• Uninterruptible power supply . Exchange Server 2013 is designed to maintain database integrity at all times and can recover information using transaction logs. This doesn’t protect the server hardware, however, from sudden power loss or power spikes, both of which can seriously damage hardware. To prevent this, connect your server to an uninterruptible power supply (UPS). A UPS gives you time to shut down the server or servers properly in the event of a power outage. Proper shutdown is especially important on servers using write-back caching controllers. These controllers temporarily store data in cache. Without proper shutdown, this data can be lost before it is written to disk. To prevent data loss, write-back caching controllers typically have batteries that help ensure that changes can be written to disk after the system comes back online.

If you follow these hardware guidelines and modify them for specific messaging roles, as discussed in the next section, you’ll be well on your way to success with Exchange Server 2013.

Real World

Mirroring can be implemented with software RAID 1 on Windows Server. As software-based RAID is implemented using dynamic disks, it’s important to note that beginning with Windows Server 2012 dynamic disks are being phased out in favor of Storage Spaces. However, for mirroring boot and system volumes on internal disks, Microsoft recommends continuing to use dynamic disks and RAID 1.

If you decide to use software-based redundant storage, remember that storage arrays typically already have an underlying redundant storage configuration and you might have to use a storage array–specific tool to help you distinguish between LUNs and the underlying physical disks. Herein, I focus on software-based redundancy implemented with RAID or Storage Spaces rather than the underlying hardware redundancy implemented in storage arrays.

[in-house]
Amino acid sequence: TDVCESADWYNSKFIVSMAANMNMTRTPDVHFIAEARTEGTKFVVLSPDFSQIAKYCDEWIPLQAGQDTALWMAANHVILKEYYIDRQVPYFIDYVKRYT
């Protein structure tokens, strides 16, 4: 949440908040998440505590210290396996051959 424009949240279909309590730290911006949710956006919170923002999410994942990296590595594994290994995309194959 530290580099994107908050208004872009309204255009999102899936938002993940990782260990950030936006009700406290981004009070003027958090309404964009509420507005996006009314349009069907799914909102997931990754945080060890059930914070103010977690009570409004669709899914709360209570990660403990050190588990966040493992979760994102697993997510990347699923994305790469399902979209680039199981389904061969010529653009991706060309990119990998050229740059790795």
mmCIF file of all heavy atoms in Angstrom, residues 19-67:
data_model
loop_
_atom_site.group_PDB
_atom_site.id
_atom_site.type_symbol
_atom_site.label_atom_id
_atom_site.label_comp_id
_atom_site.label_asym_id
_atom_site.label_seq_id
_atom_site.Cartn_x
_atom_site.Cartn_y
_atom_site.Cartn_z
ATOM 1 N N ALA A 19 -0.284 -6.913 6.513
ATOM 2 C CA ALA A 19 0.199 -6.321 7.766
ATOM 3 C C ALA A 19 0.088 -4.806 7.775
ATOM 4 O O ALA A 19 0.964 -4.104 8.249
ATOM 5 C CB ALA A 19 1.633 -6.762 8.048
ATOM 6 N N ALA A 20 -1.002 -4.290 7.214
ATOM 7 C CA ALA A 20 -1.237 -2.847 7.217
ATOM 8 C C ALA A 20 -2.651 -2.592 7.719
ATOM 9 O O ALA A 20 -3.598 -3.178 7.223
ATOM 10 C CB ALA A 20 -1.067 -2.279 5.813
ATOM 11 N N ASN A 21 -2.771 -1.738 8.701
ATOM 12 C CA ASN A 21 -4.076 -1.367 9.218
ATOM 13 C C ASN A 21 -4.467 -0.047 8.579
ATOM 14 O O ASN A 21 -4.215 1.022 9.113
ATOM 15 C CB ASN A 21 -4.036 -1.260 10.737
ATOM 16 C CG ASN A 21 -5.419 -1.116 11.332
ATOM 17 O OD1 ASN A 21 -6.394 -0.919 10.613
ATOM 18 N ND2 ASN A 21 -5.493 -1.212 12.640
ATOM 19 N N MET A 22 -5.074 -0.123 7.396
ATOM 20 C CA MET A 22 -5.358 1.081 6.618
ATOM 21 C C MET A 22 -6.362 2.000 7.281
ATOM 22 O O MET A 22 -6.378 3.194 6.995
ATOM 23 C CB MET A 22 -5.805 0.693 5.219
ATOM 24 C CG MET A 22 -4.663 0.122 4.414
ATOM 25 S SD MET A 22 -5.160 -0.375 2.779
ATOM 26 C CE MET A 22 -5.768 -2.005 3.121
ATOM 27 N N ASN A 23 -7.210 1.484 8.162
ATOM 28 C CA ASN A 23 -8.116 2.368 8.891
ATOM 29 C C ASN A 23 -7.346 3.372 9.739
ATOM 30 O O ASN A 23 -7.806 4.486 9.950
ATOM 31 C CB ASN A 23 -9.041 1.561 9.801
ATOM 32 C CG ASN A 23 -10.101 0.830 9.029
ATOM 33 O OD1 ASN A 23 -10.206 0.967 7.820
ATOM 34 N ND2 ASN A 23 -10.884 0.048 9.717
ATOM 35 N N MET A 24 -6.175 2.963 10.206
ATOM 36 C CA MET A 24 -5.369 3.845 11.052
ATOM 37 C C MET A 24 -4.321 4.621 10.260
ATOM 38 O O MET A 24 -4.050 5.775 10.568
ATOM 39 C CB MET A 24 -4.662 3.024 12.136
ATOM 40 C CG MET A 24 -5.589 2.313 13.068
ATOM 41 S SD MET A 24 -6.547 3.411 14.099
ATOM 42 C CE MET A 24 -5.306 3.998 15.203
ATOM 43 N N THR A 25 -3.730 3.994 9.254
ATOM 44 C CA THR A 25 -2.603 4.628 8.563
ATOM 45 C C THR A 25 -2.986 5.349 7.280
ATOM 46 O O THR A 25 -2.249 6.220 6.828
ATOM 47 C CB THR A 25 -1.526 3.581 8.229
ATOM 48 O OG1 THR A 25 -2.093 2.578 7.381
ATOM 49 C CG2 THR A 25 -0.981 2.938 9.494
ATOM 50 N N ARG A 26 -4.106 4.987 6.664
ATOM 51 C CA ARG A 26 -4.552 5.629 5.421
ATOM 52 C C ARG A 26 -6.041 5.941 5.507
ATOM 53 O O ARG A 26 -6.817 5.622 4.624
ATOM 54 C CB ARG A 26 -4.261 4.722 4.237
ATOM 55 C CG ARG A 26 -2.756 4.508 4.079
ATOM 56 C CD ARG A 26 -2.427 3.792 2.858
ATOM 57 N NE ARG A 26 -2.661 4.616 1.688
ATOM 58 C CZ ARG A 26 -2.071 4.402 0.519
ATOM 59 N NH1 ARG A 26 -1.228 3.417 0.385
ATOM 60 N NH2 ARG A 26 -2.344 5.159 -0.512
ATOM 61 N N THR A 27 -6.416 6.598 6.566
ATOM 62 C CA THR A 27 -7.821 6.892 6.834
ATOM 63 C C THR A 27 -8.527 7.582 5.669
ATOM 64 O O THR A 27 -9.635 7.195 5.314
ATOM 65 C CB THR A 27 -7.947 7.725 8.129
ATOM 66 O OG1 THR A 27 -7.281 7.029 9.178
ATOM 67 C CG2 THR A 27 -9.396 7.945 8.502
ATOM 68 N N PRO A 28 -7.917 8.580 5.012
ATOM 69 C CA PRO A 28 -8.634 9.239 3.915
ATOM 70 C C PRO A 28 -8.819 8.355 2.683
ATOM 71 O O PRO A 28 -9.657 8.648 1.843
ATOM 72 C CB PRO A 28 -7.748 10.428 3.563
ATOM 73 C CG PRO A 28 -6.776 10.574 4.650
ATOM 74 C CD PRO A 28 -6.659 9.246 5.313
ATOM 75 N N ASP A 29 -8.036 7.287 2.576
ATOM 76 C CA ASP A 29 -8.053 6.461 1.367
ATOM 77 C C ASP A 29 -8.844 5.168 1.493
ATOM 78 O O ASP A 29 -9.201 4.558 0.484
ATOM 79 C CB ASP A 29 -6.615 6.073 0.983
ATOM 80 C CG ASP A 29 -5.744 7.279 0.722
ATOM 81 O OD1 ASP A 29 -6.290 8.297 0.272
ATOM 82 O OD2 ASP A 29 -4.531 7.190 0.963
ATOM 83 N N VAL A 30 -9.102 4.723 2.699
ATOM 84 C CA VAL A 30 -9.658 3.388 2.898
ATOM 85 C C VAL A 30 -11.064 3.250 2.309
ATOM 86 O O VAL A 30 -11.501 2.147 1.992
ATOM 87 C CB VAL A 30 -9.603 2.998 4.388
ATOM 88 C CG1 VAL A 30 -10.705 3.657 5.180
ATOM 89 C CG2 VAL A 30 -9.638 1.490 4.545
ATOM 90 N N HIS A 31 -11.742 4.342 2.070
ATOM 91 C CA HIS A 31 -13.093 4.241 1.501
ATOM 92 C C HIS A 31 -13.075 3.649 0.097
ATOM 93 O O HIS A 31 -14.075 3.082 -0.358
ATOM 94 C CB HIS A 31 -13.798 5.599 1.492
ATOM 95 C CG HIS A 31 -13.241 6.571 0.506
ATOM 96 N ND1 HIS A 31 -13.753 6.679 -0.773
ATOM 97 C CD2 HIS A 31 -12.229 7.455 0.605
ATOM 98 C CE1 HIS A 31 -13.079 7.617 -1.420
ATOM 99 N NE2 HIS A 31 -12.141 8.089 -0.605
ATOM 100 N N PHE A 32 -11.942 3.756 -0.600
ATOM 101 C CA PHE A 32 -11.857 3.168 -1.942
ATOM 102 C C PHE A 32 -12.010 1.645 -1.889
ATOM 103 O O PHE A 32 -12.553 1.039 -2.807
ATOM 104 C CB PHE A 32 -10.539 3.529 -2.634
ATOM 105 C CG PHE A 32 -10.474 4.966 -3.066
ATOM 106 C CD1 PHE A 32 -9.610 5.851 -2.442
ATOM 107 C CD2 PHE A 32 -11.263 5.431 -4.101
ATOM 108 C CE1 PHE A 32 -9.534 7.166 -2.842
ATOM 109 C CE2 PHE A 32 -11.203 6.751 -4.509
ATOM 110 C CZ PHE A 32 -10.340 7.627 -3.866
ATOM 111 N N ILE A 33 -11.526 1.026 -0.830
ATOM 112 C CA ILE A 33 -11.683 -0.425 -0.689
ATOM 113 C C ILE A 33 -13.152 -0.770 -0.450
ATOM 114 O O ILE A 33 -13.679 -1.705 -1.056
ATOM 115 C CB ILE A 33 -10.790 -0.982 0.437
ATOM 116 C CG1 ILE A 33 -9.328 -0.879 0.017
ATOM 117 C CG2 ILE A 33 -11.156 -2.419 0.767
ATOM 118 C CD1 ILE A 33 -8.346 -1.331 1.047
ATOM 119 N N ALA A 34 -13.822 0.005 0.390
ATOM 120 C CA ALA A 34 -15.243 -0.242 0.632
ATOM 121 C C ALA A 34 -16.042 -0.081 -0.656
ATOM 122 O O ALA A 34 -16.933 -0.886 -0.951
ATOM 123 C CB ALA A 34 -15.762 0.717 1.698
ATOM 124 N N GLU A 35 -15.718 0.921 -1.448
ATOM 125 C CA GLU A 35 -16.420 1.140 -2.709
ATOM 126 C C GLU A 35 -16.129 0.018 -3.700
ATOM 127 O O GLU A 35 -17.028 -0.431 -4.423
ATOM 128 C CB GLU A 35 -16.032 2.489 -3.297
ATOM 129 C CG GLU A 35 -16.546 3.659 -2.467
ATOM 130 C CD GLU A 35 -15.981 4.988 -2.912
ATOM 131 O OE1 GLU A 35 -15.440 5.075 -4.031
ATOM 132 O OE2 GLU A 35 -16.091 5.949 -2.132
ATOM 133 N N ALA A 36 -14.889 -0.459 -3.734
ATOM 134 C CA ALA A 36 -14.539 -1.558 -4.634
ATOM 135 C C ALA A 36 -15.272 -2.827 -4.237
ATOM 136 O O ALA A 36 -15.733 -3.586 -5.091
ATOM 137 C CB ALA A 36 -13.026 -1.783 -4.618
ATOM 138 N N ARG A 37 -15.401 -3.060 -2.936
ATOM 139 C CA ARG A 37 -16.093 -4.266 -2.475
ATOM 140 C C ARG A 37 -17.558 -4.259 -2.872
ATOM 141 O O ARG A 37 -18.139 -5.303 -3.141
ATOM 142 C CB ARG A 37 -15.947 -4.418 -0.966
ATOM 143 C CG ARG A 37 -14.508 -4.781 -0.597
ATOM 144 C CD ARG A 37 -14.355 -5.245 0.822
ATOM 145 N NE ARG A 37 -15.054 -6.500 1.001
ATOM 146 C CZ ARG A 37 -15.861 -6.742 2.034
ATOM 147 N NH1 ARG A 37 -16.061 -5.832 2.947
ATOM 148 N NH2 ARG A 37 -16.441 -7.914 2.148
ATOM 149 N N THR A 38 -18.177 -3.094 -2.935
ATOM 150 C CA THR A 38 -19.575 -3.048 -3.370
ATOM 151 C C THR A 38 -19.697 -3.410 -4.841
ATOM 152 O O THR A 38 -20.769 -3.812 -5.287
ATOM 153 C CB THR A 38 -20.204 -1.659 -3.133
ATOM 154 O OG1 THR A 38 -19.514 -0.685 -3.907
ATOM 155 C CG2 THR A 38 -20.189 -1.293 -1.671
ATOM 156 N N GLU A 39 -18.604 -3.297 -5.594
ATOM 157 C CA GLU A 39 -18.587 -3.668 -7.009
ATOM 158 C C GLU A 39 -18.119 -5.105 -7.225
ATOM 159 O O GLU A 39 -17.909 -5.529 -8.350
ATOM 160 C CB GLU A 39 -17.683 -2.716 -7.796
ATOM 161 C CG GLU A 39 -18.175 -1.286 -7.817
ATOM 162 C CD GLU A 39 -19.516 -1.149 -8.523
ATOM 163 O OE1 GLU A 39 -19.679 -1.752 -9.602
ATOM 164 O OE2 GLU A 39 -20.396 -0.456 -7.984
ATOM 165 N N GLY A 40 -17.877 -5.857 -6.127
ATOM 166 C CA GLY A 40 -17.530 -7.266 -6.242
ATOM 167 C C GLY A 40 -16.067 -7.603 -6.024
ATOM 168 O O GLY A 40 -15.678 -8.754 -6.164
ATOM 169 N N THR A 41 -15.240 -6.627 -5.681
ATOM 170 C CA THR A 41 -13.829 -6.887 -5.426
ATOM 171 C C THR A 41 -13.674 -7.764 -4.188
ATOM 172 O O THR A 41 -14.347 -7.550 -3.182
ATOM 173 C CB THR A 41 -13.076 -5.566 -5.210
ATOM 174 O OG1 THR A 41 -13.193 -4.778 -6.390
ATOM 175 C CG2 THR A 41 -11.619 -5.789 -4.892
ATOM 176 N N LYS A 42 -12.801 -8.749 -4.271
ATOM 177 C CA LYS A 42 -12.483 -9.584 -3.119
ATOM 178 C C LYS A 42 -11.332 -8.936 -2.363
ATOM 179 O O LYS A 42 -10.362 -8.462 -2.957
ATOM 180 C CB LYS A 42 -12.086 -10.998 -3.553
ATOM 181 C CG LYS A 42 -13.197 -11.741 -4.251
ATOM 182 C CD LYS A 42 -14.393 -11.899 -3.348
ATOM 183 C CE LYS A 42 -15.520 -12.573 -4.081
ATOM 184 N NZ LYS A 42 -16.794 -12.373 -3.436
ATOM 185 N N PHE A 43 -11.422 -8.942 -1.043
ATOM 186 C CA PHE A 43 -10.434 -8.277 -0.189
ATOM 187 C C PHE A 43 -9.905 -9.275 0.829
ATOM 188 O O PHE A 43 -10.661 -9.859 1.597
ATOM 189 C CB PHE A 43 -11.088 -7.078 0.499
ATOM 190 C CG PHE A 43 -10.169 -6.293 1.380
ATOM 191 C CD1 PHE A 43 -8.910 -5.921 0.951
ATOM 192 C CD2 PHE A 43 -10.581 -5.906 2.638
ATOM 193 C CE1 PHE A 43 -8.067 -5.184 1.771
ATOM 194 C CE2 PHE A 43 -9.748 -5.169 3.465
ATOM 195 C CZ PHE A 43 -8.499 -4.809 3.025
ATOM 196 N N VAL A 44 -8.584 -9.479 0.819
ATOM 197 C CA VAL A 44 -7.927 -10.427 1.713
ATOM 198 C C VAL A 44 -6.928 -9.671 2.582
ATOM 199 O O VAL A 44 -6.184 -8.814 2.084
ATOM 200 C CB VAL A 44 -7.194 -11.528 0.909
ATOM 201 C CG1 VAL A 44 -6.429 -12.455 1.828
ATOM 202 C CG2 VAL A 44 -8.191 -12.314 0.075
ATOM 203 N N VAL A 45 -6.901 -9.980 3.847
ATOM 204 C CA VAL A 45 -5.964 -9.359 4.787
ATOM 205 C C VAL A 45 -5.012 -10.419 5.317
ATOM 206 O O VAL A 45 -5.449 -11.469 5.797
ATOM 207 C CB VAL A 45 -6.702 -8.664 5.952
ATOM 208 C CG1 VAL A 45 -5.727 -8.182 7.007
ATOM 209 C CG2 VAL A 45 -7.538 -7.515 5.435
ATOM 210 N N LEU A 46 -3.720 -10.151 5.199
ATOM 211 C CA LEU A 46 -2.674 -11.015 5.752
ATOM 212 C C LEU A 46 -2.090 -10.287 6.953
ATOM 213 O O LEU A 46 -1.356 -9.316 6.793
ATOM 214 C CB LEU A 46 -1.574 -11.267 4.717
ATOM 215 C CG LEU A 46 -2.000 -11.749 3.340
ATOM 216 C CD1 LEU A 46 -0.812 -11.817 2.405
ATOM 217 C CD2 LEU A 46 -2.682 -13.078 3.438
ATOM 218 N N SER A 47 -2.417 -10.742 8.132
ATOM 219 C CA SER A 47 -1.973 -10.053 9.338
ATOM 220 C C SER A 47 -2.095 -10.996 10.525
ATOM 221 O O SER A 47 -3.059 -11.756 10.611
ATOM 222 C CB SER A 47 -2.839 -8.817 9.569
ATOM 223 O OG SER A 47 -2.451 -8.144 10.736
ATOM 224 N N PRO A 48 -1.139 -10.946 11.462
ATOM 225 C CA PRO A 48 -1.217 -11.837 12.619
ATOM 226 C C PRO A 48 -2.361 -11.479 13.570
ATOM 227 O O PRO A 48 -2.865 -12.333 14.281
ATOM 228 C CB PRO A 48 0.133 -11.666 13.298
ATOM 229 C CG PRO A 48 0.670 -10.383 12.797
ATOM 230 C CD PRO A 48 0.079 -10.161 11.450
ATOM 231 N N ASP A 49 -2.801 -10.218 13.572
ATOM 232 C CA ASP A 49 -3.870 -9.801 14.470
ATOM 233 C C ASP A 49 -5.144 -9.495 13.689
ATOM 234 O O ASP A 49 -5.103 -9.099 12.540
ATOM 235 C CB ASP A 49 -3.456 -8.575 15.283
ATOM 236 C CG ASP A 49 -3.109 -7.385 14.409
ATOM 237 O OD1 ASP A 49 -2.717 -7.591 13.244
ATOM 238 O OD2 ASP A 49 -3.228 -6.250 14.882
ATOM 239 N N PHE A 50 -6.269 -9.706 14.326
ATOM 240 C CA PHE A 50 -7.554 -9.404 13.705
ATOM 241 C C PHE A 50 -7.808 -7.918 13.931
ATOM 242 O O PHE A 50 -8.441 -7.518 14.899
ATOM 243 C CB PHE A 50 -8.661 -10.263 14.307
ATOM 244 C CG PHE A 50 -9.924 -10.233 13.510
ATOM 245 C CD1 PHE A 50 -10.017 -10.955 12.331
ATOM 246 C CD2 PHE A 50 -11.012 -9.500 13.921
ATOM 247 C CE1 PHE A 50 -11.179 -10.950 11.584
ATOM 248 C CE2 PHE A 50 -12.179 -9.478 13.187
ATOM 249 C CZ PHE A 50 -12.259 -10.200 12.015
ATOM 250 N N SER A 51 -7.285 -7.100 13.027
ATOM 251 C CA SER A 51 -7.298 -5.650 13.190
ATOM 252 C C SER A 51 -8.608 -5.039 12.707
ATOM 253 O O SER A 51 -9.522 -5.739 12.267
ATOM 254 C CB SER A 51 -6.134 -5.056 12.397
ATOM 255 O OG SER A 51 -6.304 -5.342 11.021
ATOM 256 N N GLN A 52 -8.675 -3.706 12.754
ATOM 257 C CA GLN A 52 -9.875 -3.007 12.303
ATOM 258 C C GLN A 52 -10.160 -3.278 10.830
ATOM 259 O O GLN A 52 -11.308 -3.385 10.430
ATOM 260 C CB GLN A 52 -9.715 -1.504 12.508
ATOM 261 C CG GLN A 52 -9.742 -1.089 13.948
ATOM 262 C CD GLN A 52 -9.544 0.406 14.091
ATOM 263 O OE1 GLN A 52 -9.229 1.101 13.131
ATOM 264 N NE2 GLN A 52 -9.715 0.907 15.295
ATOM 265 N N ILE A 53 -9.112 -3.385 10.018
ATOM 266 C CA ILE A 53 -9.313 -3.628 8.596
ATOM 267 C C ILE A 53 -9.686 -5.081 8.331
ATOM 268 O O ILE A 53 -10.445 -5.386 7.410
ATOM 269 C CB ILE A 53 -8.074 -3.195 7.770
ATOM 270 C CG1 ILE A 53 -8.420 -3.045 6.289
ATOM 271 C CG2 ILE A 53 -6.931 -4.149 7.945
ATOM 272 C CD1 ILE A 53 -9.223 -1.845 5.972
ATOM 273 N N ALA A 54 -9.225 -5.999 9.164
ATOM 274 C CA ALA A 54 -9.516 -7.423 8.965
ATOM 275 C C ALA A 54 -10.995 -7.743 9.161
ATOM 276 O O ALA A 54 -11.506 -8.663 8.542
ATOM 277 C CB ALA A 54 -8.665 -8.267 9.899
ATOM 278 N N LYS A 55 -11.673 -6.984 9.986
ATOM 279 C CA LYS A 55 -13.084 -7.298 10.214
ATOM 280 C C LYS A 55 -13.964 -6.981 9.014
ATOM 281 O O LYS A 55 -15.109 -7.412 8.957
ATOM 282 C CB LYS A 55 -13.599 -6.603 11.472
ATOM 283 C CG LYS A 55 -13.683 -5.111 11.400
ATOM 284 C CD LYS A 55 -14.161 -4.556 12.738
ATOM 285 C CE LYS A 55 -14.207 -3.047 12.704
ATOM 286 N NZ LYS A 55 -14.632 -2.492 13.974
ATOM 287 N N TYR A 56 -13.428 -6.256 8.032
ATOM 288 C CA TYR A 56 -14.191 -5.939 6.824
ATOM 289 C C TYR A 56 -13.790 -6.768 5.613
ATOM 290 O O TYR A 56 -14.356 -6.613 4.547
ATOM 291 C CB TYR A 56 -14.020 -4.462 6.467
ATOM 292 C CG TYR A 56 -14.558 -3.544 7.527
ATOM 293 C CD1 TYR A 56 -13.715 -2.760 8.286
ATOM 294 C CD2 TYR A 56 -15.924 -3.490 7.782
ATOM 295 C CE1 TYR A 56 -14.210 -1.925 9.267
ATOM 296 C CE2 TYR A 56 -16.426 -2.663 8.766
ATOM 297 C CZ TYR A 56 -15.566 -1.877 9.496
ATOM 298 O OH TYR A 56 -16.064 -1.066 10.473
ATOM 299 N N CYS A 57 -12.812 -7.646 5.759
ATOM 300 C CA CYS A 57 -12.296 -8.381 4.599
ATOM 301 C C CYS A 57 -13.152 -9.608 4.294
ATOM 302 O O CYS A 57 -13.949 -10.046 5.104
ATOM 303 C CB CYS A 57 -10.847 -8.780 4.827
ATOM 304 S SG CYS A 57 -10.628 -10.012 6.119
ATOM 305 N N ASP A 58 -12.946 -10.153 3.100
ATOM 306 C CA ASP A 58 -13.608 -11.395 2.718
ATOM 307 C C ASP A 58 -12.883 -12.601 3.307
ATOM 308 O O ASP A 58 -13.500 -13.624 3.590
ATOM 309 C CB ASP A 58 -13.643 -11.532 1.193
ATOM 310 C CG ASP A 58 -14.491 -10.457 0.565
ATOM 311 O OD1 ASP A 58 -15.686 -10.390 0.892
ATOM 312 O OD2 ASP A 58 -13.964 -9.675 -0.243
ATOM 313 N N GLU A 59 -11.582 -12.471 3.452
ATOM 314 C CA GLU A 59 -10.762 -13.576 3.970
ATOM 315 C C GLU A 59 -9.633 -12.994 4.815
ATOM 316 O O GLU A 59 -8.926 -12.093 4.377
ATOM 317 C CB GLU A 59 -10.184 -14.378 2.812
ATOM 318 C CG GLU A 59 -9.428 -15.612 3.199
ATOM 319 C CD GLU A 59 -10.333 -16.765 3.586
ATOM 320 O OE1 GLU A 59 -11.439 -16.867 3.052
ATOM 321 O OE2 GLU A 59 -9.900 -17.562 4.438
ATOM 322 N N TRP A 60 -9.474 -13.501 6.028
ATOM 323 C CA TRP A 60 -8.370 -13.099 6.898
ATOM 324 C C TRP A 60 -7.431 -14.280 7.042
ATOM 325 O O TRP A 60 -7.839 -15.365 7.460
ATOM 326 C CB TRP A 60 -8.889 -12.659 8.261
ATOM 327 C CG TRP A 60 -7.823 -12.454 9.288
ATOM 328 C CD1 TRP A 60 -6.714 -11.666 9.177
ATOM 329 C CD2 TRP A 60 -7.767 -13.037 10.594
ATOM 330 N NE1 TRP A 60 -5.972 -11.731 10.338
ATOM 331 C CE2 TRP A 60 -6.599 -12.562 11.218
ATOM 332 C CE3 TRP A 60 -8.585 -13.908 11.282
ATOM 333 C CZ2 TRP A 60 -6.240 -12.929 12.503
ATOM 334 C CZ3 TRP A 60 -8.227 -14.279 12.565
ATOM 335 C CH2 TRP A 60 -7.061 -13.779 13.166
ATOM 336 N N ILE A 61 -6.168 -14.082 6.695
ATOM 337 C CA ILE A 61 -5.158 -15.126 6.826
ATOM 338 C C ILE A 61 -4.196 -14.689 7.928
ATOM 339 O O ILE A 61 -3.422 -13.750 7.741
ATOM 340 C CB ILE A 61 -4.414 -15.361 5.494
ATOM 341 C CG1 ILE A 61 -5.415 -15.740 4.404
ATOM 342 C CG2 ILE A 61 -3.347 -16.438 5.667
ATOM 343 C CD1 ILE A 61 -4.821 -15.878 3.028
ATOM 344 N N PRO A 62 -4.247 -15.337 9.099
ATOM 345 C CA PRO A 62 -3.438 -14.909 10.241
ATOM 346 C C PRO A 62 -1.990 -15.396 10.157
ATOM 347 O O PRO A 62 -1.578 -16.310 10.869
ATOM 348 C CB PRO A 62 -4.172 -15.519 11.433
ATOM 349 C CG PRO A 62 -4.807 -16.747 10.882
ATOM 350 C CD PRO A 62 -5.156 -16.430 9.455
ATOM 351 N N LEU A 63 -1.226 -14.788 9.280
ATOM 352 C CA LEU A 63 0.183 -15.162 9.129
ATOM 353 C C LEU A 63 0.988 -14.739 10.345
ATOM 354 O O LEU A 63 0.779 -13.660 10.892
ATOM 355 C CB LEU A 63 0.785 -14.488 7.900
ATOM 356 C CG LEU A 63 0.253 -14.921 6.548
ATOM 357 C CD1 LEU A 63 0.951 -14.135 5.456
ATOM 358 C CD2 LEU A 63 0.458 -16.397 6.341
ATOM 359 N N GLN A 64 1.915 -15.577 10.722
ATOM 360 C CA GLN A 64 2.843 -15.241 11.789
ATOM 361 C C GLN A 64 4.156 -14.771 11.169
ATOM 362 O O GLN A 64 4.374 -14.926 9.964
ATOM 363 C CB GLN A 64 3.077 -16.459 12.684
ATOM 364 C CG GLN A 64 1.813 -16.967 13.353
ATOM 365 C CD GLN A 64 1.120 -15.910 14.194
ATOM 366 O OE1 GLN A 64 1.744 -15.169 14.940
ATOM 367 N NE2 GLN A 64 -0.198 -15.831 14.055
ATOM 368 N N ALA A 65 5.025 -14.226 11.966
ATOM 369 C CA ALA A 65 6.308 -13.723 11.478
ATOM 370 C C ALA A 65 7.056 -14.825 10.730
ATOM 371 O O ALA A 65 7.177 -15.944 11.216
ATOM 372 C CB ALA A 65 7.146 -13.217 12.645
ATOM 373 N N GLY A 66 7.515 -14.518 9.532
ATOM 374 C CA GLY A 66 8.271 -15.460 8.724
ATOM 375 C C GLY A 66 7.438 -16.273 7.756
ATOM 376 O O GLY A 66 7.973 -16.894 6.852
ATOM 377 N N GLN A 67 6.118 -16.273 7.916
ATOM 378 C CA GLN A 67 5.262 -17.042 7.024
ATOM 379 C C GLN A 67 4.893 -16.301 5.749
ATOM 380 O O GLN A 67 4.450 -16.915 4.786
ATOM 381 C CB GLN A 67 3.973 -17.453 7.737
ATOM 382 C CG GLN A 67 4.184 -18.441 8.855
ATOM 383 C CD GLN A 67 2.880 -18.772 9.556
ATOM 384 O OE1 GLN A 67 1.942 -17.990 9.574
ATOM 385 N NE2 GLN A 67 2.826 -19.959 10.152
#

Windows Server is transitioning to standards-based storage beginning with Windows Server 2012. This transition means several popular tools and favored features are being phased out. Officially, a tool or feature that is being phased out is referred to as deprecated. When Microsoft deprecates a tool or feature, it might not be in future releases of the operating system (while continuing to be available in current releases). Rather than not cover popular tools and features, I’ve chosen to discuss what is actually available in the current operating system, including both favored standbys and new options. One of these new options is Storage Spaces. With Storage Spaces:

  • Simple volumes can stretch across multiple disks, similar to disk striping with parity (RAID 0).

  • Mirrored volumes are mirrored across multiple disks. Although this is similar to disk mirroring (RAID 1), it is more sophisticated in that data is mirrored onto two or three disks at a time. If a storage space has two or three disks, you are fully protected against a single disk failure, and if a storage space has five or more disks, you are fully protected against two simultaneous disk failures.

  • Parity volumes use disk striping with parity. Although this is similar to RAID 5, it is more sophisticated in that there are more protections and efficiencies.